Expert Witness Experience The prior work experience of a potential expert witness is perhaps one of the most crucial of considerations. Similar to other assessment processes associated with the selection of an expert, it is necessary to consider prior experience in conjunction with other credentials.   Litigators should examine the relevance between an expert witness’ prior experience and the needs presented by a particular dispute.

It may be helpful to differentiate the type of prior experience in relation to its application. For explanatory purposes, this discussion is set forth to go over three categories of prior experience: (1) Professional Background Experience; (2) Expert Witness Experience; and (3) Miscellaneous/ Other Relevant Experience.

I.  Professional Background Experience

‘Professional Background experience’ refers to any relevant skills, knowledge, and proficiency gained through the expert’s experience within a specific field, industry, or discipline area, that either contributed to becoming an expert or attaining a level of expertise, but that is unrelated to litigation or other legal support services. Particularly in cases where the dispute hinges upon compliance issues associated with government regulation and/or industry standard, an expert’s background experience be highly beneficial.

Examples include experience gained in previous employment; involvement in private or government funded grants for research, consulting projects, participation in trade associations.  Aside from reviewing the expert’s curriculum vitae, the litigator should ask the expert witness about his or her specific experience relevant to the issue of the case.  For example, if an attorney is looking for a general contractor for residential construction, the attorney should ask if the expert has dealt with the particular construction defect involved in the case.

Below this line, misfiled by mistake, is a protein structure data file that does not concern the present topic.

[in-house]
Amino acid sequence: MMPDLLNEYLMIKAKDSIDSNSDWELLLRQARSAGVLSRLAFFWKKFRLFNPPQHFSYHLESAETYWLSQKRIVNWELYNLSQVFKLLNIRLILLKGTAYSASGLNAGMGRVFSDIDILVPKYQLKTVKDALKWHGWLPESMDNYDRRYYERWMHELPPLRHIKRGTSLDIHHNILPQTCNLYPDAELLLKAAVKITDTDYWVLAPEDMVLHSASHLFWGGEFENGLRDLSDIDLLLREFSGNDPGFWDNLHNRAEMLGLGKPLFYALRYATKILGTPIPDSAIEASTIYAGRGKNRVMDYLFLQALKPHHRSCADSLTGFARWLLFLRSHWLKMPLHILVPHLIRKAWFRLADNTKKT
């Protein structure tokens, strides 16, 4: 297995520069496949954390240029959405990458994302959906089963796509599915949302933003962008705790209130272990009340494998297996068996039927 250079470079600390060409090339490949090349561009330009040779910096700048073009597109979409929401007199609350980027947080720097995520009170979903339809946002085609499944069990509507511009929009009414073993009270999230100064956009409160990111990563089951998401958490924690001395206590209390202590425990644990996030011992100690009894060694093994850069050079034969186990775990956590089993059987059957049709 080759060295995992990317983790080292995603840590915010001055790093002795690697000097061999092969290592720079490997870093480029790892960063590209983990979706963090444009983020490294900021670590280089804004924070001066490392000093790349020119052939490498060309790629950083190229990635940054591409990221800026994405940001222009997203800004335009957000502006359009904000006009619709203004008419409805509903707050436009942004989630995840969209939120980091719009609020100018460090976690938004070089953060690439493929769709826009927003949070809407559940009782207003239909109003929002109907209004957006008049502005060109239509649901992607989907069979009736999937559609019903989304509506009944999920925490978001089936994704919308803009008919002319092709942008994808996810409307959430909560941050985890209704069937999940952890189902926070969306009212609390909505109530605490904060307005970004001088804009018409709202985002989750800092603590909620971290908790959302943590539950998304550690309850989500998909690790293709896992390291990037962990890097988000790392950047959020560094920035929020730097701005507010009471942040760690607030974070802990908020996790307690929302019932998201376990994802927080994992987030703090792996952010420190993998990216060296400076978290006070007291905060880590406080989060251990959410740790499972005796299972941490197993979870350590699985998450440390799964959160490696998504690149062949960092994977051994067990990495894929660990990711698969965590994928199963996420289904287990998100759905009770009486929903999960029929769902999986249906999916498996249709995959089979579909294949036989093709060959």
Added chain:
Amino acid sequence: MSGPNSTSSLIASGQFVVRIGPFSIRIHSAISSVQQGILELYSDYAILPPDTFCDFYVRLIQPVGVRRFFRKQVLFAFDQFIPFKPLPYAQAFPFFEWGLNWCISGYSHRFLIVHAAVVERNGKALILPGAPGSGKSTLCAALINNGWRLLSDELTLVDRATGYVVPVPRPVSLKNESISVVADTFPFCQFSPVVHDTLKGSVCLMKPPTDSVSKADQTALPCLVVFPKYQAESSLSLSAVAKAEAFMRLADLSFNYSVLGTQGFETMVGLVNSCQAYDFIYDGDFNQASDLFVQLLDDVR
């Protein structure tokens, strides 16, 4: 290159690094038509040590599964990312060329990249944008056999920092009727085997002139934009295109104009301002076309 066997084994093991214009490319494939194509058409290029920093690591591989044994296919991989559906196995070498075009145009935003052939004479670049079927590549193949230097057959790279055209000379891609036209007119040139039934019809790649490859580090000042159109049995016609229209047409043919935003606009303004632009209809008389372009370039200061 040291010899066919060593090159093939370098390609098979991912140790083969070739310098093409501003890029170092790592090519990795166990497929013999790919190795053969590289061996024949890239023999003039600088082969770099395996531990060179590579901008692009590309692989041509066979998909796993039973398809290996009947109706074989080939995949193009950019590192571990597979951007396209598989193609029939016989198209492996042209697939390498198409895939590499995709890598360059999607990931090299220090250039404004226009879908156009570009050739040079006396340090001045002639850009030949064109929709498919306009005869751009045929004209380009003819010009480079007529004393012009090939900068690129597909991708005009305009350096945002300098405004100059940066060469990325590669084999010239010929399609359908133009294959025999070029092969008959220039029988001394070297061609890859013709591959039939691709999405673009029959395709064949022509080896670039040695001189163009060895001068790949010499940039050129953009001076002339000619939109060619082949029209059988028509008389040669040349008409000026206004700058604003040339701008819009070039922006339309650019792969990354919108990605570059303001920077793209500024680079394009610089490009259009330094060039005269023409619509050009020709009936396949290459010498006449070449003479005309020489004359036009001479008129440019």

Professional background experience should be reflected upon as a starting point in the assessment process. While an expert may be both qualified and proficient in a particular area, the expert might need sufficient experience in providing legal-support-related services, such that he or she is able meet the needs associated with the role a practitioner intends that expert to occupy.

II. Expert Witness Experience

In assessing expert witness experience, trial lawyers should take various factors into consideration. While the assessment of prior expert witness or legal-support-related experience is certainly beneficial for consulting experts, this consideration is more important for testifying expert witness. When an expert is expected to testify or be deposed, practitioners should carefully examine the expert witness’ prior testifying and deposition experience while paying close attention to several key factors. 

For example, the length of time that an expert has been providing expert services in the legal field as compared to the number of times the expert has provided testimony during this time. Viewing prior court opinions, case summaries, and when available, testimony transcripts can often provide trial attorneys with valuable insight regarding an expert’s overall capability, proficiency and effectiveness.  In examining prior testimony, emphasis should be placed on the outcome or results associated with the particular issues that the expert provided testimony on, as opposed to the result of the case as a whole. In other words, be careful to distinguish between inferences gained from prior cases. This notion is analogous to scenarios where case law may seemingly reveal a negative ruling, but the law on a particular subject still provides meaningful support to another matter relevant to the case at hand.

As an additional method of verification, reviewing the references provided by an expert can assist in ascertaining the value of an expert witness’ services, based upon the opinion of fellow legal professionals. It can also be helpful to ascertain the precise stage of litigation that the expert was engaged, as well as which stage a prior dispute was resolved. By understanding the role that an expert played throughout the entire resolution process, practitioners are better equipped to gauge the benefit and value of an expert’s prior services within a particular dispute. For example, was the expert engaged at initial dispute stages, and then matter was settled prior to trial? On the other hand, was the expert secured late in the dispute process, and perhaps given insufficient information?

III.  Miscellaneous/ Other Relevant Experience

The final distinction is a catch-all category for all other experience associated with the expert's ability to support the case.  Given the vast array of expert witness disciplines, a practical consideration to a prudent practitioner would involve an evaluation of all prior experience—while observing that an attorney’s expertise resides within the legal field and that an expert’s expertise resides in the area(s) needed to support or defend a case. As such, seemingly inconsequential experience of a particular expert may actual provide a valuable expert witness skillset.